• 6. Schivone’s alleged use of a fake Jewish identity recalls the German case of EdithLutz last year. Lutz, a former school teacher, claimed to have converted to Judaism,and proceeded to use her invented Jewish credentials to garner enormous attentionin the German media to publicize her voyage to violate Israel’s blockade of Gaza.Lutz was a passenger aboard the Irene catamaran in 2010 during last year’s flotilla.Many German newspapers, including the widely viewed television program ARD-Magazin Monitor, which featured a broadcast in which Lutz was named as arepresentative of “Jews from Germany,” devoted extensive coverage to Lutz. Thedogged reporting of German Journalist Henryk M. Broder exposed Lutz as a fraud,prompting Broder to comment, “Edith Lutz is definitely a Jew, like a smoked porkchop is kosher.”The ARD declined to concede at the time that its method of journalistic verificationwas flawed, and the message of German Jews against Israel spread acrosstelevision sets in Germany “For those of us who are Jewish it borders on the bizarre that anyone would lie theirway into being “a member of the tribe”. Judaism (and, frankly just being Jewish)imposes certain responsibilities on a Jew. Most would agree that there is aresponsibility for the security of other Jews. Jewish education and religiousobservance even for the non-observant are, at least, out there to take part in or not –but they’re out there. I wonder whether Lutz & Schivone feel any of those sorts ofresponsibilities.Of course, I understand the reasons for the two of them cloaking themselves inrobes of false Judaism. They’re sort of undercover non-Jewish, pro-Hamasinfiltrators using the cloak to deceive the world and do harm to Israel. What betterway for Israel to be de-legitimized than for Jews to denounce it?My guess is that even responsible Palestinians are disgusted by such dirty tricks. Iknow that I am.OLDER AMERICAN RABBISHaving young ordained rabbis grow old is an inevitable and old (pun intended) story.Time marches on for all of us. However, the American rabbinate is experiencing anew development: Middle age people seeking a second career as rabbis.JTA reports, “…a small group of second-career rabbis who are finding their place inthe world of Jewish religious leadership in their 40s and 50s.Various factors are propelling these individuals into the rabbinate. Some long hadharbored dreams of becoming a rabbi but wound up pursuing other careers for 6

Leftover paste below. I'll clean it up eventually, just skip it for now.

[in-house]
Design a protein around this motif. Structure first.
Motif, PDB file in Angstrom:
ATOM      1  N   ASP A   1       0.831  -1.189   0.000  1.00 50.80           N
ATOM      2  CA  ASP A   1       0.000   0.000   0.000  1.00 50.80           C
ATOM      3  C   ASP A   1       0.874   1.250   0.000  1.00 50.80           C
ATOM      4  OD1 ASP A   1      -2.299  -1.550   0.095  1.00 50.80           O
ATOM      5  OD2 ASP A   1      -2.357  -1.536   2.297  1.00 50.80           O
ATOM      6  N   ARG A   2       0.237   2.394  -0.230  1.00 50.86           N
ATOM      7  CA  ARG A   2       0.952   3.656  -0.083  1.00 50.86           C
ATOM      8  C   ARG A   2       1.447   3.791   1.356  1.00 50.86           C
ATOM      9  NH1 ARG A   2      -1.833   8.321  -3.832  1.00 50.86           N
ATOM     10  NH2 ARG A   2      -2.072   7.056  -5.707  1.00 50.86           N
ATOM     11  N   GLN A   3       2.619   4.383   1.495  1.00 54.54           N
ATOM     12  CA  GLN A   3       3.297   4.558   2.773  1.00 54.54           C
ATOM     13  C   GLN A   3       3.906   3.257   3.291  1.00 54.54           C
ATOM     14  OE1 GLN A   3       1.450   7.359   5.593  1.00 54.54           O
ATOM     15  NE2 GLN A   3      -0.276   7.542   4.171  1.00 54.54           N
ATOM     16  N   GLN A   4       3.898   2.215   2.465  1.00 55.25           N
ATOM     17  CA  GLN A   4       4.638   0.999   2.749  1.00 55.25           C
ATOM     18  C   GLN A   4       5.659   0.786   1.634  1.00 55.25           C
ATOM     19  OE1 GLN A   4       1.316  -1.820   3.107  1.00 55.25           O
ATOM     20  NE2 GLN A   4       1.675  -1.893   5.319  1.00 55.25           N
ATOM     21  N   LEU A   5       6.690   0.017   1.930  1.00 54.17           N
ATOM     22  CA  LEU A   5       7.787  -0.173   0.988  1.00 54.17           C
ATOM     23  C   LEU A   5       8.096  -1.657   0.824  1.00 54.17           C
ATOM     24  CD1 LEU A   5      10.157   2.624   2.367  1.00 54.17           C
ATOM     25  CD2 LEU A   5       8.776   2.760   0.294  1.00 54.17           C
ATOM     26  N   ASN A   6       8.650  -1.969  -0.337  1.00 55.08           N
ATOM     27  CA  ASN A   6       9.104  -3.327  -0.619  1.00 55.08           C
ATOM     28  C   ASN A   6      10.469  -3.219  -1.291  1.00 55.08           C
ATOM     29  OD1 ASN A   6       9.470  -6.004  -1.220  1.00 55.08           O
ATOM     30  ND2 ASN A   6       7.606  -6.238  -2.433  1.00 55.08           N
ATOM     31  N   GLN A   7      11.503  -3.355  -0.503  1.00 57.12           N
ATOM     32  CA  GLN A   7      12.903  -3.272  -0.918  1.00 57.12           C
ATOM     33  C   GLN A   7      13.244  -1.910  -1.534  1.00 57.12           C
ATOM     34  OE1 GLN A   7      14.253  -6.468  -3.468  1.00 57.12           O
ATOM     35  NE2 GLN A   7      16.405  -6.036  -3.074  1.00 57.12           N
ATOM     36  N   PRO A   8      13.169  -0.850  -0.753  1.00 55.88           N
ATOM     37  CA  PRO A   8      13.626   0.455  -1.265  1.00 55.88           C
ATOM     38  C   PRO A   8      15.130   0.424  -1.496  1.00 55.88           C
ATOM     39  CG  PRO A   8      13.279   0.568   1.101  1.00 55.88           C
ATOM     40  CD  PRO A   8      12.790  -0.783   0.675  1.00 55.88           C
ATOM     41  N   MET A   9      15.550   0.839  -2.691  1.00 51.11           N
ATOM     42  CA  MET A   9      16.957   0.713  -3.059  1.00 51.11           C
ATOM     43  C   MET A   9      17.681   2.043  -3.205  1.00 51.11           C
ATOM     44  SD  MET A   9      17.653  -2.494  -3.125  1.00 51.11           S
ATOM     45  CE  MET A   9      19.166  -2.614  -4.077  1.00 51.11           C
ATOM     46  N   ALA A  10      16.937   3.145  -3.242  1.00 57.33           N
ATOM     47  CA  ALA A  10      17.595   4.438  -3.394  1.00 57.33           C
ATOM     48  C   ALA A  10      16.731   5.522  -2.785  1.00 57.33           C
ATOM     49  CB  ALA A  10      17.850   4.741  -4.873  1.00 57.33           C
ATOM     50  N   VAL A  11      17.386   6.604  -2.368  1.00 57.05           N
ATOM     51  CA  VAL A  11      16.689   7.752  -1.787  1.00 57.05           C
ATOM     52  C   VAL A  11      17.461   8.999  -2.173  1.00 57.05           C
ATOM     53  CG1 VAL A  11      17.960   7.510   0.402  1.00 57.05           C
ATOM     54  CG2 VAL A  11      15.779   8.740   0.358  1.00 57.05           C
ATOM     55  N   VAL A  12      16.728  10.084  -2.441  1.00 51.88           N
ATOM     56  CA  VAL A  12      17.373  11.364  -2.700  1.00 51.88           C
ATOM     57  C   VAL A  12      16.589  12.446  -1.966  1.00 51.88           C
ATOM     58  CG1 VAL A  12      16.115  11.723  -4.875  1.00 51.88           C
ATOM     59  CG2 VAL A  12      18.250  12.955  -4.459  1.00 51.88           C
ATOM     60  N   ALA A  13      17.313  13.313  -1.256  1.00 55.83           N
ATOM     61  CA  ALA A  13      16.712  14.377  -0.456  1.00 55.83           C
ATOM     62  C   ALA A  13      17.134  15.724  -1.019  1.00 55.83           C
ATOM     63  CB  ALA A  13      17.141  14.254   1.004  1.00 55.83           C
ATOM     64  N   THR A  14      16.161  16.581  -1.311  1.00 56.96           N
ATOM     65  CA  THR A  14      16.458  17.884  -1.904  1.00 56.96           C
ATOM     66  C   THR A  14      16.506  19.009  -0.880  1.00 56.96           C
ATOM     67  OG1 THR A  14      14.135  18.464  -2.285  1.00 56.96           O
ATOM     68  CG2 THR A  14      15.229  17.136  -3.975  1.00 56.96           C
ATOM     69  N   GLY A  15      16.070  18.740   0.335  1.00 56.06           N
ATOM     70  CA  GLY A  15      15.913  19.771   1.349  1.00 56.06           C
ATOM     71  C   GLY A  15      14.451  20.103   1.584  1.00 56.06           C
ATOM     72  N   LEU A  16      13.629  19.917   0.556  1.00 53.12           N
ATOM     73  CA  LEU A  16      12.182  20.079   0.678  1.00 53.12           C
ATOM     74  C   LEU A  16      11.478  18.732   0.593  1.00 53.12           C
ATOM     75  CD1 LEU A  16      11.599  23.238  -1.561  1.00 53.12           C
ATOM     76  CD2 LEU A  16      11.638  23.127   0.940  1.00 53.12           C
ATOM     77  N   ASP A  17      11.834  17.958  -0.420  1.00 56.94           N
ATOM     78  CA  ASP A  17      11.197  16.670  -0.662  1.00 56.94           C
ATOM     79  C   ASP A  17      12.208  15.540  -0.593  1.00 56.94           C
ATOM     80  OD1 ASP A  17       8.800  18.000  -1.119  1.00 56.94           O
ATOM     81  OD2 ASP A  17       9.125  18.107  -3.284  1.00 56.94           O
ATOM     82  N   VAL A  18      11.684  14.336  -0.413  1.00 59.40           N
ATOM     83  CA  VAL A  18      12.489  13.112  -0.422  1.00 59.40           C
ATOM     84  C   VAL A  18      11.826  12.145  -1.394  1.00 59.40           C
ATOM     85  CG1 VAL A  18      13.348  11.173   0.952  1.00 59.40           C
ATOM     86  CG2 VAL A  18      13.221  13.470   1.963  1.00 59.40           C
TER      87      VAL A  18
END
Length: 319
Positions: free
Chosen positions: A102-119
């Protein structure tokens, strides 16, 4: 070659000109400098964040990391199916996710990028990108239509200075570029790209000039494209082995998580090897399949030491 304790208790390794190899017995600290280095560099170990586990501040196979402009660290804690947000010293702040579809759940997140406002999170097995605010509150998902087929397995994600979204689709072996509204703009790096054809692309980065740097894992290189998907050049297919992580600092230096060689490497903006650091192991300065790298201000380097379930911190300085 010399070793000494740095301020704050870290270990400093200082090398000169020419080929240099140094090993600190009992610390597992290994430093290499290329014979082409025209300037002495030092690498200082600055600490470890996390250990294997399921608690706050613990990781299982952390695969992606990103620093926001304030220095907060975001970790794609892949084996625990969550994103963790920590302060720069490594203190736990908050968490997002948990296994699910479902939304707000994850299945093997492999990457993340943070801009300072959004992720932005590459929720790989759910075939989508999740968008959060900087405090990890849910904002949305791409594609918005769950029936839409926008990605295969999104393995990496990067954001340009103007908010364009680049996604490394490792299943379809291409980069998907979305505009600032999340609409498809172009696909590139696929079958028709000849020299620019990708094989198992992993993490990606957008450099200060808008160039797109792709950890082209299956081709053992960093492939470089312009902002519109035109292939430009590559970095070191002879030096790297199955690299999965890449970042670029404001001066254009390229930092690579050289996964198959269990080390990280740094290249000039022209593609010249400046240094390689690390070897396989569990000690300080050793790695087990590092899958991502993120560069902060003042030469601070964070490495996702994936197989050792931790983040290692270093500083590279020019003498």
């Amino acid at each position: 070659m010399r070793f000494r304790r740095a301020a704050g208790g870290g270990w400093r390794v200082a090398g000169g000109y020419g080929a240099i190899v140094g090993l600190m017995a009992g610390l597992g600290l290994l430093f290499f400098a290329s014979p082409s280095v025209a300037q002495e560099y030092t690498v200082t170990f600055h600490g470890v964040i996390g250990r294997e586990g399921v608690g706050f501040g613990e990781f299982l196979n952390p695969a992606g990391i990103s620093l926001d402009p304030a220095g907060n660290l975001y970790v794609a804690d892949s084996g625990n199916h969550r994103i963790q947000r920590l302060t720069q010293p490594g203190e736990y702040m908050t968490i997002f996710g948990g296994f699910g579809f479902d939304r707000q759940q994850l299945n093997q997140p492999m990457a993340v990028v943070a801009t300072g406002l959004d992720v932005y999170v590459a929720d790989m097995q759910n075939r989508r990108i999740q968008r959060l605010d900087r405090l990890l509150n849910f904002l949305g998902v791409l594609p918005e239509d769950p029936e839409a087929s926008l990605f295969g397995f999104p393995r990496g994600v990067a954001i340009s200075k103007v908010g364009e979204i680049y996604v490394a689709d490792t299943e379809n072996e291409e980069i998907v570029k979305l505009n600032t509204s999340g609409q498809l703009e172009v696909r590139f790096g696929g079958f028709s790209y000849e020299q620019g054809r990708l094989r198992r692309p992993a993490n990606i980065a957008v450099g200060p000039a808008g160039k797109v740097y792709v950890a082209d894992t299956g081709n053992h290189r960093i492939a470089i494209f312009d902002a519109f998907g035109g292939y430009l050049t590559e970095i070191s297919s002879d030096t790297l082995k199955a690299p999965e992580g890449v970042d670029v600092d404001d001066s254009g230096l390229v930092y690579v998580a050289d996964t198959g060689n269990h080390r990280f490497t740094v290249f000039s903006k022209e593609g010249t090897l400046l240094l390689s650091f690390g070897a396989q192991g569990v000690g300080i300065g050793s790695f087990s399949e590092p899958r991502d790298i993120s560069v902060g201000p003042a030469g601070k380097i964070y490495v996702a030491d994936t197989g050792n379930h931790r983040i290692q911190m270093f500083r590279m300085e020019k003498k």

• 7. personal or financial reasons. Others became interested in the rabbinate later in life,prompted in some cases by something specific.Not all the new rabbis are pursuing congregational jobs. More professional optionsexist now for rabbinical school graduates, including in the chaplaincy, education andJewish communal work.Pursuing the rabbinate as a second career is not a new story in American Jewishlife, but its more common for those in their mid- to late 20s or early 30s afterworking for some time in professions such as law or medicine, said Jonathan Sarna,a professor of American Jewish history at Brandeis University and the chief historianat the National Museum of American Jewish History.Sarna said it is unusual for those in their 40s, 50s or 60s to go for the rabbinate, andthat its more common for older second-career clergy members among Christiandenominations.The prevalence of older, second-career rabbis varies by denomination andrabbinical school.At Bostons Hebrew College, 15 students older than 50 have attended since therabbinical school opened in 2003, said Rabbi Dan Judson, its director ofprofessional development and placement. In recent years, the average age ofincoming students has dropped, drawing a more typical age range for rabbinicalstudents -- those in their late 20s. Still, Judson stressed, it is not unusual for 25-year-olds to have study partners in their 40s or 50s.In the past two years, the Jewish Theological Seminary in New York, ConservativeJudaisms flagship educational institution, has enrolled a handful of students in their40s and 50s who are pursuing the rabbinate later in life or as second careers,according to Rabbi Daniel Nevins, dean of the JTS rabbinical school.At the New York campus of the Reform movements Hebrew Union College, two ofthe 12 rabbis who were ordained in this years graduating class were second careerrabbis in their late 40s or early 50s, according to HUCs associate dean, RenniAltman. She said the number of older students varies from year to year and HUChas always had some older students, but never large clusters.The average age of rabbinical students at Yeshiva Universitys Rabbi IsaacElchanan Theological Seminary is the mid-20s, according to Rabbi Yona Reiss,dean of the Orthodox, male-only rabbinical program in New York. For the occasionalolder student, the motivation is generally personal growth as opposed toprofessional advancement.By contrast, over the past decade at the Reconstructionist Rabbinical College,approximately one-third of the rabbinical students have been in their second 7